Types of Banks in Cambodia
There are three types of banks in Cambodia – Specialized, Commercial and Micro Finance Institutions (MFIs). Here’s a quick overview of how these banks differ and how they might help you.
How is banking system structured in Cambodia?
- All banks, whether Specialized, Commercial or Micro Finance Institutions (MFIs), operate under the umbrella of the National Bank of Cambodia (NBC), which registers, licenses and regulates them.
- The Ministry of Economy and Finance as well as the National Bank of Cambodia (NBC) regulate banks and banking services. The Association of Banks in Cambodia (ABC) represents the banking sector to the Royal Government of Cambodia and the ASEAN Bankers Association. The International Monetary Fund (IMF) and World Bank also operate in Cambodia. Banking is legislated primarily by the Law on Banking and Financial Institutions (LBFI).
Who the biggest banks currently in Cambodia?
- The top four banks, which together have a combined market share of around 65% (based on loans outstanding), are ACLEDA, ANZ Royal, Cambodia Public Bank (CAMPU) and Canadia Bank, with the rest of the market shared between the other banks, of which there were 43 at the time of writing.
Tell me more about specialize banks in Cambodia?
- A Specialised bank, according to the Law of Banking and Financial Institutions (LBFI), carries out one of the following three activities:
- 1) The collection of deposits from the public that are considered “non-earmarked”;
- 2) Credit operations such as leasing, commitments and;
- 3) Guarantees under signature, all of which are deemed valuable considerations.
Tell me more about commercial banks in Cambodia?
- Commercial banks in Cambodia offer a broader range of services, catering to the requirements of individual and corporate customers.
- Local incorporated banks are required by the NBC and LBFI to have a minimum of $37.5m of capital or a shareholder with a rating of “investment grade” from an independent rating agency.
- Commercial banks offer a wide range of services for individual and corporate customers.
- To set up a bank account in Cambodia, make sure you bring the correct documents.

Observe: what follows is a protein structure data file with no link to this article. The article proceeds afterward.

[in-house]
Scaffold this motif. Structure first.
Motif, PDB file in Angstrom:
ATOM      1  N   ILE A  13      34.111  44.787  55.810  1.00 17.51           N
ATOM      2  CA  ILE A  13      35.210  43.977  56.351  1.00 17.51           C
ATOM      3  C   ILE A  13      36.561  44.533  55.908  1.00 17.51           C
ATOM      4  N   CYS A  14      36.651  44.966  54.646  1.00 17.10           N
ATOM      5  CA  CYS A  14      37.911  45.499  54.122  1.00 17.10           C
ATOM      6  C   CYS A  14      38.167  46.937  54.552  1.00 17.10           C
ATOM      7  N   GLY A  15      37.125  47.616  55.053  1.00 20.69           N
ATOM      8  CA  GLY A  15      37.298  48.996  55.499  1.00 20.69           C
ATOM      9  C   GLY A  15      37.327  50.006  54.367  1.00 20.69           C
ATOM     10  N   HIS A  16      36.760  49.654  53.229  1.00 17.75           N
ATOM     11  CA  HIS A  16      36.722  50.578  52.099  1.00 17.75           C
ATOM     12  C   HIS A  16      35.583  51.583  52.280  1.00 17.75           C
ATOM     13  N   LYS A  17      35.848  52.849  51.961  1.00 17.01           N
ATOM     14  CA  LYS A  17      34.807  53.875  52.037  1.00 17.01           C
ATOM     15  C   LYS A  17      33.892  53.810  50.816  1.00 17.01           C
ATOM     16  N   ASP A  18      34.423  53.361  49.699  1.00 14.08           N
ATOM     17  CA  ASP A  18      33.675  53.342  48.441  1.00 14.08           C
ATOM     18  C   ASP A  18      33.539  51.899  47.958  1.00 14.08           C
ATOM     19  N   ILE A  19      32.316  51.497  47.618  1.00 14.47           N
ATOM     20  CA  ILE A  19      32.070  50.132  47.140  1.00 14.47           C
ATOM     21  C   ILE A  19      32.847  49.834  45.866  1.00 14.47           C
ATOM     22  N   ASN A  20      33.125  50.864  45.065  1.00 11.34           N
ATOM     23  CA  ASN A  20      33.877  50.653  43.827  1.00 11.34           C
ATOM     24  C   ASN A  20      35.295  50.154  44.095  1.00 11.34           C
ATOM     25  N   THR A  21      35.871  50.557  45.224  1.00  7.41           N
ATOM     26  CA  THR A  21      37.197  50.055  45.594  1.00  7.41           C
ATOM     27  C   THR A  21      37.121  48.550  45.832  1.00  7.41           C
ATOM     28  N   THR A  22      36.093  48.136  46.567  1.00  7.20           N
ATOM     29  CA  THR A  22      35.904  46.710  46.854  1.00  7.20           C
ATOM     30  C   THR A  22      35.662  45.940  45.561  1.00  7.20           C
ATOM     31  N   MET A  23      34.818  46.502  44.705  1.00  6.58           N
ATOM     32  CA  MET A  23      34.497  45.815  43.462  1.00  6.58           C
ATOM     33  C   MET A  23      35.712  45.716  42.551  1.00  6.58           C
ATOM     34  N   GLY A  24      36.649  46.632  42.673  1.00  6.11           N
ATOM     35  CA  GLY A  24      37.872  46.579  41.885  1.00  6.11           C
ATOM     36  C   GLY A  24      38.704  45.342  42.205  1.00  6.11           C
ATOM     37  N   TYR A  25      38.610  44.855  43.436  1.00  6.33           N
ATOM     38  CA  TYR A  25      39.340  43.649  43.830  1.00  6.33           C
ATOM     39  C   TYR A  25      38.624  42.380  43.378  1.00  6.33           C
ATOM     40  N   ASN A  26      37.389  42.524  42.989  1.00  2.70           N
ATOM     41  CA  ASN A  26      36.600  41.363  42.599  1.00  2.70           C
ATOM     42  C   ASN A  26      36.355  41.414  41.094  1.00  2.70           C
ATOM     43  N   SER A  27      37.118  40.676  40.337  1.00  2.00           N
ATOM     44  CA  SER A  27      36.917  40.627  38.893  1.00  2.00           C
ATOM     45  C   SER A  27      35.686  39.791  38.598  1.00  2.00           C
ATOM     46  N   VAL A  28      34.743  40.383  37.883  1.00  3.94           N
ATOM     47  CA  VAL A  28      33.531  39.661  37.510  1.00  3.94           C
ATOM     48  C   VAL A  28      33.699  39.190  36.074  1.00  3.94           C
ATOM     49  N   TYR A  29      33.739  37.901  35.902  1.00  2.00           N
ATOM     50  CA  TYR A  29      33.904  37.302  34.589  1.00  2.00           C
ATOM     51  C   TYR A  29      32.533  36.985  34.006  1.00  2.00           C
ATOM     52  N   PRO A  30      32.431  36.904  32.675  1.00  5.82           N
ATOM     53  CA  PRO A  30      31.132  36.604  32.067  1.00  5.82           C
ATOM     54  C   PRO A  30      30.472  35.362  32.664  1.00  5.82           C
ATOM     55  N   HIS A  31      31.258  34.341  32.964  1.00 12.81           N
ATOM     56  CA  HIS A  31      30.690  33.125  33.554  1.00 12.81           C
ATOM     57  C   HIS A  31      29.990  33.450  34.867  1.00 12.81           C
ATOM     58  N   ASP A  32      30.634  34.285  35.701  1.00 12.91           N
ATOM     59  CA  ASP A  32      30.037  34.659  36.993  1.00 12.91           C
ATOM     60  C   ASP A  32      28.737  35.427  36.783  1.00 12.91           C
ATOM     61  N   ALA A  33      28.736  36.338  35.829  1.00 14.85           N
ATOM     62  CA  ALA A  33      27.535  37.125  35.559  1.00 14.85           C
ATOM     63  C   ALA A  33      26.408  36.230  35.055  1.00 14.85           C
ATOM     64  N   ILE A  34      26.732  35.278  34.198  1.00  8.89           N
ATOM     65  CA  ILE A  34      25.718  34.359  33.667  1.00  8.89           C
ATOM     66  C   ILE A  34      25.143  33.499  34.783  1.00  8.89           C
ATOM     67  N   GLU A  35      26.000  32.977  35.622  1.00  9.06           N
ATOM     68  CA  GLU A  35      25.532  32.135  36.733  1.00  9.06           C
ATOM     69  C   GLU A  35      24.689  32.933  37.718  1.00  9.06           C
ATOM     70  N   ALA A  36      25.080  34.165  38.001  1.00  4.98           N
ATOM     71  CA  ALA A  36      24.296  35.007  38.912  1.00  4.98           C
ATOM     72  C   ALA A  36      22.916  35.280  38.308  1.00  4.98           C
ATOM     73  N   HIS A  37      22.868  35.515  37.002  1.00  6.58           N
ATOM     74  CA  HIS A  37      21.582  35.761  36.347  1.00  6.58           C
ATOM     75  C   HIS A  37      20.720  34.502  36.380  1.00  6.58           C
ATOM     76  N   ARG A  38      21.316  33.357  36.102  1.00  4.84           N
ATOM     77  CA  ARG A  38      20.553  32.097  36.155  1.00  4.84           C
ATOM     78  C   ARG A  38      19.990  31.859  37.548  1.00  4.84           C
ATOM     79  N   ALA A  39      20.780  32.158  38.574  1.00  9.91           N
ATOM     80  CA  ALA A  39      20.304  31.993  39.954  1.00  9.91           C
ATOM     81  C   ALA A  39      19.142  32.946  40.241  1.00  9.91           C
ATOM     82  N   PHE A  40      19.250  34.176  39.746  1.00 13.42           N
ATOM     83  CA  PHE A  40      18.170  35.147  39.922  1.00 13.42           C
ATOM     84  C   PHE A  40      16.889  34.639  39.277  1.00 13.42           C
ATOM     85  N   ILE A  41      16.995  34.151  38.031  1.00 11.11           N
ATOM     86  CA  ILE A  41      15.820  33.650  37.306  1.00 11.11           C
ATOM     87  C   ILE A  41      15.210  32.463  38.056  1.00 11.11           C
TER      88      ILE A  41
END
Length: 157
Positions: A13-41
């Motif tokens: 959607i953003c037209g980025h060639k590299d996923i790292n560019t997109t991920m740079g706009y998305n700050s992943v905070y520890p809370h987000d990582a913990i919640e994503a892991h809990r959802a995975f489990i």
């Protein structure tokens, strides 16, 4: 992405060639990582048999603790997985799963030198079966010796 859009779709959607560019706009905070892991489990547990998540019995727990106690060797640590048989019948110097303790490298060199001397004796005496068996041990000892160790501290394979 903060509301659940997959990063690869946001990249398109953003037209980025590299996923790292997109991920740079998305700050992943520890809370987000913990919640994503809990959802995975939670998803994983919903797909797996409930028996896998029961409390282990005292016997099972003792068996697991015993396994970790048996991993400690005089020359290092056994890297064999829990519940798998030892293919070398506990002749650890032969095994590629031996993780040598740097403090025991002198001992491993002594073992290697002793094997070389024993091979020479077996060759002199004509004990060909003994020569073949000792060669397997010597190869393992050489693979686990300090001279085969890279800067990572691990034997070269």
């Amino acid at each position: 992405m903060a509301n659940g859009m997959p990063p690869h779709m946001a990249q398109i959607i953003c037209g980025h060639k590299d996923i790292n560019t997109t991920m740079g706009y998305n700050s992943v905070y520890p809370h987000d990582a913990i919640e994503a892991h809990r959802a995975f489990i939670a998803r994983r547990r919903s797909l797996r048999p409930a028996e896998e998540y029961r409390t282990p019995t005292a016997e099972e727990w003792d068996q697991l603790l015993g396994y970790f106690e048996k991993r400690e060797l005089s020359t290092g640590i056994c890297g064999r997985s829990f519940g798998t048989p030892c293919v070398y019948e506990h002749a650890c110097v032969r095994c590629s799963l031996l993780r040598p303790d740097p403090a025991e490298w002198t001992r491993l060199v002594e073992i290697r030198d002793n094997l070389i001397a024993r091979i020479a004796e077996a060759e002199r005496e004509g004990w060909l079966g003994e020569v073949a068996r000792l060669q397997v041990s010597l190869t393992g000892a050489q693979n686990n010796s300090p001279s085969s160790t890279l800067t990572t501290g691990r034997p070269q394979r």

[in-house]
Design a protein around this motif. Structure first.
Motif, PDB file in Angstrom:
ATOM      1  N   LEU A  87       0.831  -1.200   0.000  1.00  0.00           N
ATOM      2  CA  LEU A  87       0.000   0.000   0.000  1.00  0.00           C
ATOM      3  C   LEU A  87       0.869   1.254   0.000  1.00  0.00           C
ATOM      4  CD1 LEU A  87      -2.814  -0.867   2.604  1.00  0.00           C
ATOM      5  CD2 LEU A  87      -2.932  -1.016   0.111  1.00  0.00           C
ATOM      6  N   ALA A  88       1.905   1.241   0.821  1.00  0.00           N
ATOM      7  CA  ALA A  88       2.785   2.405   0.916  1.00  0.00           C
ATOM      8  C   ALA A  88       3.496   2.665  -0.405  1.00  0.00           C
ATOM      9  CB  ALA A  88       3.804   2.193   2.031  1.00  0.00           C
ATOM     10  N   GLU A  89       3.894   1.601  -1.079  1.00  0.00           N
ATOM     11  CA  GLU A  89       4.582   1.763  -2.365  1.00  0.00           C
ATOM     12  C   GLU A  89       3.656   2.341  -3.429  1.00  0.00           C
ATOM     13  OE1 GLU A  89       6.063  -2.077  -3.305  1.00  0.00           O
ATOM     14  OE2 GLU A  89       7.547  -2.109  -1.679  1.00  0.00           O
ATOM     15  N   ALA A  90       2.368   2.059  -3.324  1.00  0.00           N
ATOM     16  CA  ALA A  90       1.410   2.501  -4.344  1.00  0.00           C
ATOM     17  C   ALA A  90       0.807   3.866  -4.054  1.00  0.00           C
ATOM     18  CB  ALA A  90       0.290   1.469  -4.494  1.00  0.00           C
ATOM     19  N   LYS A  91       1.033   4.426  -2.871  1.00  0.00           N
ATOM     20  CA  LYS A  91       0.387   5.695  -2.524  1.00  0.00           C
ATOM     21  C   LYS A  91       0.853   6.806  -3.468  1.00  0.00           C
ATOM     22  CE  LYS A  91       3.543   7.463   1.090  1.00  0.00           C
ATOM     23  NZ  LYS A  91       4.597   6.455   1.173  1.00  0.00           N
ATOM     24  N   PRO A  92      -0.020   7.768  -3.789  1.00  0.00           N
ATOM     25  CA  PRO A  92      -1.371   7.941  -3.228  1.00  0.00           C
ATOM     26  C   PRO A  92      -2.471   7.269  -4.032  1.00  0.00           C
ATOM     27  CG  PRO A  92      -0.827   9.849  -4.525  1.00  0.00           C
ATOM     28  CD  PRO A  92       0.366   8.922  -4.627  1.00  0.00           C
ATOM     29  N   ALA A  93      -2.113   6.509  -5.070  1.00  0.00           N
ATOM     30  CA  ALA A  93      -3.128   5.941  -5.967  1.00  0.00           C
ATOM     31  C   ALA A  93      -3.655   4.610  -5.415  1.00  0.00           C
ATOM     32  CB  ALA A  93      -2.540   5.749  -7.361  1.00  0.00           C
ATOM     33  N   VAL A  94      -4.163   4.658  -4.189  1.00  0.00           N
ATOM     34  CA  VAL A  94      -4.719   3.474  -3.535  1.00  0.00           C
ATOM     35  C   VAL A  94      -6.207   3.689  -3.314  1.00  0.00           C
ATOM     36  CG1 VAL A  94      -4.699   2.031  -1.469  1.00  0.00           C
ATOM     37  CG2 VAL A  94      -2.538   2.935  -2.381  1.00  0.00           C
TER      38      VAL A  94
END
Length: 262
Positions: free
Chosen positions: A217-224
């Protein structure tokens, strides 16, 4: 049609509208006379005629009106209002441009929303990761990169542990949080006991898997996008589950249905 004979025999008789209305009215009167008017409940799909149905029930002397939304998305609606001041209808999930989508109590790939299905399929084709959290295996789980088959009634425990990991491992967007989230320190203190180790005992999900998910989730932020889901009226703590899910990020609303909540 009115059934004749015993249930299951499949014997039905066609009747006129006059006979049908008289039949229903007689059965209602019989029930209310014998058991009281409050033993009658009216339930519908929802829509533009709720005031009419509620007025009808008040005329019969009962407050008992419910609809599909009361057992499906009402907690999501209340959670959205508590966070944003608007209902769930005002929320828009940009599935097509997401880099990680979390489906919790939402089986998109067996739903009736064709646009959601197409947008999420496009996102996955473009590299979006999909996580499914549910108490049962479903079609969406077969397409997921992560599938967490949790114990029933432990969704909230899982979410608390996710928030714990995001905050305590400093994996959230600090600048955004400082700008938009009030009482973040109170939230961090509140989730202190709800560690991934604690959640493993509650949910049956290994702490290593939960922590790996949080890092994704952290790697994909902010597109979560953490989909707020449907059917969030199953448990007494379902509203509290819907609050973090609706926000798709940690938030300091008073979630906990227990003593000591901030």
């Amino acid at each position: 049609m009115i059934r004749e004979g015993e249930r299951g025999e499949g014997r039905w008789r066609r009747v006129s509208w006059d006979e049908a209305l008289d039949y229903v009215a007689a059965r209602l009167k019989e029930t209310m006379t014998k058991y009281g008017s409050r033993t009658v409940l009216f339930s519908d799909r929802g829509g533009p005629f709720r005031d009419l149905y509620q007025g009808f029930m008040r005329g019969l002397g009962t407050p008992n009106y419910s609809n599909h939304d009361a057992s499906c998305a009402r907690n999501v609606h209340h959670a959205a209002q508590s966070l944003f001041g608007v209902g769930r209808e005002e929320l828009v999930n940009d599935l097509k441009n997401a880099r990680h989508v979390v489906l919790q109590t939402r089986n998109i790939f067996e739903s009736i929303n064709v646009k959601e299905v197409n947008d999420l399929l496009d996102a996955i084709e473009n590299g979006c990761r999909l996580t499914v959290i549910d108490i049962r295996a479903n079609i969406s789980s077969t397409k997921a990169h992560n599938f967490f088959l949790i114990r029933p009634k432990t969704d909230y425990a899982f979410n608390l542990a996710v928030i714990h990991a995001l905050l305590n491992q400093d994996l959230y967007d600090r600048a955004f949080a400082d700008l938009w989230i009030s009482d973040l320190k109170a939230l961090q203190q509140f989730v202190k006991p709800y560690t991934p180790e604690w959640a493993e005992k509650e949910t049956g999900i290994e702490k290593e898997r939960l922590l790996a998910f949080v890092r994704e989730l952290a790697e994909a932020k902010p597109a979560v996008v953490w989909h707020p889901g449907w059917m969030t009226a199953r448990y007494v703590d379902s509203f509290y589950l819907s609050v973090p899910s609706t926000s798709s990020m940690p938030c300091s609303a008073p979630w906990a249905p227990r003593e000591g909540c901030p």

- These vary but generally include a minimum of a copy of the applicant’s ID card or passport, proof of address and proof of income.
- Corporate accounts require more documents, and will depend on the bank’s specific requirements.
- Individual services include chequing and savings accounts and foreign exchange services.
- Some also offer credit cards, overdraft facilities and personal loans.
- Several banks now offer a payroll management service, saving customers time by allowing them to process payments directly to employees.
- Online banking services are also improving in leaps and bounds.
- Increasingly, multinational banks are encouraging wealthy Khmers to invest in more liquid financial assets, as opposed to investing solely in land.
- While these markets continue to grow, continuing education is needed from banks and financial consultants to alter conservatism towards the international finance market.
- As ASEAN takes form this year, more and more banks are attempting to offer region-wide services, allowing banking tools and funds to be accessible to business people across a number of ASEAN countries, if not all.
- This drive is likewise ensuring banking codes of practice and ethics are being standardized across the region, benefiting Cambodian banking practice significantly.
Tell me more about Micro-finance institution (MFI) in Cambodia?
- There are over 40 MFIs in Cambodia.
- MFIs service poor and low-income families, individuals and small institutions by providing micro-credit in the form of loans and other financial support.
- Cambodian MFIs performed particularly well last year, delivering an average return on equity of 22 percent, making Cambodia’s MFI sector one of the best performing globally.
- The sector has grown rapidly in recent years, with a 44% increase in loans in 2013. It grew from $1.3bn in 2013 to over $2bn in 2014, which is much faster than that of FDI, which grew from $1.3bn to 1.7bn in 2014.
- The largest 8 MFIs use reliable credit assessment and risk mitigation tools (use of credit bureau, personal cash flow assessment, repayment ratios on disposable income and use of funds). However, smaller and unlicensed MFIs are not using them.